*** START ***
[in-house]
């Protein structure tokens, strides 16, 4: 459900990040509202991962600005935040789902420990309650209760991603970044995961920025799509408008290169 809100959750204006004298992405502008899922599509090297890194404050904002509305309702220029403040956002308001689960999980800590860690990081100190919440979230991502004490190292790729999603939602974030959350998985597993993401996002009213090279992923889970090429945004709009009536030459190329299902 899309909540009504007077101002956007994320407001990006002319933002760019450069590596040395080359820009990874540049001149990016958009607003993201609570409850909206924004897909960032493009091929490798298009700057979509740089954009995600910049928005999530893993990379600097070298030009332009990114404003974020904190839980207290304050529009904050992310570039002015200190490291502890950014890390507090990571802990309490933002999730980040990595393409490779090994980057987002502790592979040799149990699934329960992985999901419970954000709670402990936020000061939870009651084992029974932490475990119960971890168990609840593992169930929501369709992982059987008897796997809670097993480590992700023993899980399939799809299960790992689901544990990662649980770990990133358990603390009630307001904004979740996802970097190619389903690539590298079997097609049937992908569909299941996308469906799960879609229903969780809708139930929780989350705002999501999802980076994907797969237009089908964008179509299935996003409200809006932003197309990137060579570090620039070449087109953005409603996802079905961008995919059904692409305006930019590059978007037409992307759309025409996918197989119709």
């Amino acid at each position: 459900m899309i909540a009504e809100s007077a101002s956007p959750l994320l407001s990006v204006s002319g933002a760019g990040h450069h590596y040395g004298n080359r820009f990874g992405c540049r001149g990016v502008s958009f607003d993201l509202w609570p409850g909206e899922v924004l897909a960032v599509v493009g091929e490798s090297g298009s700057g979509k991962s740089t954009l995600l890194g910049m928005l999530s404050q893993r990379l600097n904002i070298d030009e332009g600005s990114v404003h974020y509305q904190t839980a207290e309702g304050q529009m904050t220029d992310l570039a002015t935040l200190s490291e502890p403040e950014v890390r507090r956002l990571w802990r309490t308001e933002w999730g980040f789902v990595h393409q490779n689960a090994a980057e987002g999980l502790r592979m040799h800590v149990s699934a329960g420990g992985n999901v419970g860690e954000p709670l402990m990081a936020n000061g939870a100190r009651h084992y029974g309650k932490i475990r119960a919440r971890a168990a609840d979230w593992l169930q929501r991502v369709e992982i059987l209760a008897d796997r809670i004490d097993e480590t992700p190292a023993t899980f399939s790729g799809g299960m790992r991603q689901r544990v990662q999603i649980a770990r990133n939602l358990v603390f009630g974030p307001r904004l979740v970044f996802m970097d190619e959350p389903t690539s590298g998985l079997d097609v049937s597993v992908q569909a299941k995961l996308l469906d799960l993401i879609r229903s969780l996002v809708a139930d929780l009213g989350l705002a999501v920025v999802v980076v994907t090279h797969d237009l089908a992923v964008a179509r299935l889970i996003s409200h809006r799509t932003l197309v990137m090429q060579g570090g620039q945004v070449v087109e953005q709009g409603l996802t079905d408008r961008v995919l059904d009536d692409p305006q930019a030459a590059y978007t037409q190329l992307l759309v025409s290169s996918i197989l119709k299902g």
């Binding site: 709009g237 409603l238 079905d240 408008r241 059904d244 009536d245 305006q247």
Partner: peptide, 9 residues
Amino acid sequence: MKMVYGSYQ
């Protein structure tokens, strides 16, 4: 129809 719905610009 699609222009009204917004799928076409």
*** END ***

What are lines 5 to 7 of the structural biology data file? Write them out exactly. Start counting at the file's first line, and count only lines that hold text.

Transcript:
Partner: peptide, 9 residues
Amino acid sequence: MKMVYGSYQ
């Protein structure tokens, strides 16, 4: 129809 719905610009 699609222009009204917004799928076409």